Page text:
Were it not for the amusement of it all, I am getting sick of these “unexpected” happenings that economists and politicians who cannot find their ass with two hands and a roadmap cannot see.
Here is another case in point: Australian Jobless Rate Rises Most Since 2010
Australia’s jobless rate unexpectedly rose to an eight-month high last month as employers cut full-time staff, prompting investors to increase bets the central bank will lower the developed world’s highest interest rates.
Unemployment jumped to 5.1 percent in July from 4.9 percent a month earlier, the first increase since October, the statistics bureau said in Sydney today. The number of workers fell by 100 after a revised 18,200 gain in June. That compares with the median estimate for 10,000 additional jobs in a Bloomberg News survey of 25 economists.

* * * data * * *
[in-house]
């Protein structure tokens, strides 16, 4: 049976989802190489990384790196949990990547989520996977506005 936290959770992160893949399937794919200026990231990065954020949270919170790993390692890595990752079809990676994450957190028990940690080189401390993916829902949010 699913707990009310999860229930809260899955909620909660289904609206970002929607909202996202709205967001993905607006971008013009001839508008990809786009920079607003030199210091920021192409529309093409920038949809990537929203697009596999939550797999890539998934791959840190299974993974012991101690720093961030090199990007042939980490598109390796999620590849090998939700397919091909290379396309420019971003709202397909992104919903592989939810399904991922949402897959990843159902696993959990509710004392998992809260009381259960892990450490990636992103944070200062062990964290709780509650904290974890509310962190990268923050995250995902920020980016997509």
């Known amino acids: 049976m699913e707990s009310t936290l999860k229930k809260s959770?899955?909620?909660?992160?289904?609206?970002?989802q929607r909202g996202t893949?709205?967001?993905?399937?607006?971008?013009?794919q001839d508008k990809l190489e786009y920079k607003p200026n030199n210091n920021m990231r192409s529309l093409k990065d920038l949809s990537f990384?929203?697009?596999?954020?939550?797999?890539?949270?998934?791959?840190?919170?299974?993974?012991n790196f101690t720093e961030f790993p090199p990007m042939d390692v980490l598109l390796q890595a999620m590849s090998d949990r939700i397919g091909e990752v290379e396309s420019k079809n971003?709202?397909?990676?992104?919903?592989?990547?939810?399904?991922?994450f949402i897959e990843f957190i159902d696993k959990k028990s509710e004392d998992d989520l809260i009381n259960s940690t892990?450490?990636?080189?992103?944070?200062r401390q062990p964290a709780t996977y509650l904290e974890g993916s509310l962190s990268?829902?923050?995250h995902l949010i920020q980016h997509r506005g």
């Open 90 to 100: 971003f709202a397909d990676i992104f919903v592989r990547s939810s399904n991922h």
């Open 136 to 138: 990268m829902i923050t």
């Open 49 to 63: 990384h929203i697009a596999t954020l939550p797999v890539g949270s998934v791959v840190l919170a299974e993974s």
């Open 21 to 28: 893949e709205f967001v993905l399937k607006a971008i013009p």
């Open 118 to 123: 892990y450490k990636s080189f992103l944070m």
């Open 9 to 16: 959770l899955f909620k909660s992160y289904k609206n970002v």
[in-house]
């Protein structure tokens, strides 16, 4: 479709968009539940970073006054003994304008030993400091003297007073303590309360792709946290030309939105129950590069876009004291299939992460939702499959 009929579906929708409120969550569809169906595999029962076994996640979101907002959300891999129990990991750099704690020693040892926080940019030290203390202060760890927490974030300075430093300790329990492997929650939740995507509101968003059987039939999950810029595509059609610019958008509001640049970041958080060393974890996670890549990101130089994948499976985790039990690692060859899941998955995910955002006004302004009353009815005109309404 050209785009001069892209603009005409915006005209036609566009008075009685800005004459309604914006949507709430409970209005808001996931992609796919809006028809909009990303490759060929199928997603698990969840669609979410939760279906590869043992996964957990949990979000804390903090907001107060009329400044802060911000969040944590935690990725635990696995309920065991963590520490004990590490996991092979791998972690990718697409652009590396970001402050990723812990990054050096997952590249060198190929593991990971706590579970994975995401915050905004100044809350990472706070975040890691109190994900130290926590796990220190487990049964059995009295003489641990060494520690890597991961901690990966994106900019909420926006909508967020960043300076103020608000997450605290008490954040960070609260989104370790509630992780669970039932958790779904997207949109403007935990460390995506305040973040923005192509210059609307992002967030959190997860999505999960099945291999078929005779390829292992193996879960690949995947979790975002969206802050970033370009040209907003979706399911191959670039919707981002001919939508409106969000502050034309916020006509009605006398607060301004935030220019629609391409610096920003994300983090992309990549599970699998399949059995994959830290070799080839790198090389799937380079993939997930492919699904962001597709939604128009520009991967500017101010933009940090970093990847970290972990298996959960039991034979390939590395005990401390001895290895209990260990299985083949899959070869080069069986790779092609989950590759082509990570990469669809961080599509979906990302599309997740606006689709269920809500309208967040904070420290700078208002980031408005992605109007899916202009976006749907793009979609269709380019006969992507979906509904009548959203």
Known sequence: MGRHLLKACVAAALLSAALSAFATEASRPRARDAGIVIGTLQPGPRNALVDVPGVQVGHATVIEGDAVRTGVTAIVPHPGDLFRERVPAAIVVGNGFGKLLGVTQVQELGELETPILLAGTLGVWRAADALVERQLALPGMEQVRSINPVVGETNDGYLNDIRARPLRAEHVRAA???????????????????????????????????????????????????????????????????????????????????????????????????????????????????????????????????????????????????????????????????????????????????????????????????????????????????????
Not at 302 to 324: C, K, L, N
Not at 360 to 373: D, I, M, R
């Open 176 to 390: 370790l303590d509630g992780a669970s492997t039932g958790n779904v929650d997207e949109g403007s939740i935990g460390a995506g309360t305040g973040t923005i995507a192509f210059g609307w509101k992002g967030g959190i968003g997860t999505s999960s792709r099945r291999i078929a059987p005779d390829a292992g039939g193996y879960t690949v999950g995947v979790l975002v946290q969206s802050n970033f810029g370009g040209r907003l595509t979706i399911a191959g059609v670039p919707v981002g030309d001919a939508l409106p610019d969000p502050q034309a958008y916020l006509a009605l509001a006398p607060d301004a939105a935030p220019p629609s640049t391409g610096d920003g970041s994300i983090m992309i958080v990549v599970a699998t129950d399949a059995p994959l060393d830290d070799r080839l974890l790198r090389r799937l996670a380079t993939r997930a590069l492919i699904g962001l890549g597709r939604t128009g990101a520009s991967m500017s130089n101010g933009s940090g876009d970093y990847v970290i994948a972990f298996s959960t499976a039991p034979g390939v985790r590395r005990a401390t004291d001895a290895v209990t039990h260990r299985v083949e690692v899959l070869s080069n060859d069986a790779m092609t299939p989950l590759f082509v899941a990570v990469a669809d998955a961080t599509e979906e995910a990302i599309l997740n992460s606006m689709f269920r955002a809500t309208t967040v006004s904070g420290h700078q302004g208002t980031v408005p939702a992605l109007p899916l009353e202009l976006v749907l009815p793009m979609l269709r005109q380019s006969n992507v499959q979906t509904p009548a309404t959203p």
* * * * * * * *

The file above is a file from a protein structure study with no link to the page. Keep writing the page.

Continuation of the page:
David Jones, the nation’s second-biggest department store chain, today reported second-half same-store sales declined 6.9 percent, with Chief Executive Officer Paul Zahra saying “we are facing an extremely difficult trading environment.”
Investors are betting the central bank will cut rates by at least 125 basis points by December, interbank cash-rate futures show. Economists surveyed by Bloomberg News on Aug. 9 say RBA Governor Glenn Stevens will keep borrowing costs unchanged at 4.75 percent this year.
Complete BullSwill from Australian Treasurer
If you live in Australia (or even if you don’t) and want to hear complete “bullswill” about the Australian economy, I can deliver. Simply listen to this nonsense from Australian Treasurer Wayne Swan.
Is anyone else tired of this bullswill?
In a sense I am appreciative because it makes for easy-to-rebut commentary, but if Bloomberg had a clue (Bloomberg do you have a clue?), it ought to be talking to Australian economist Steve Keen, not some political hack with a vested interest in sounding the perpetual drumbeat that “everything is rosy”.
Mike “Mish” Shedlock
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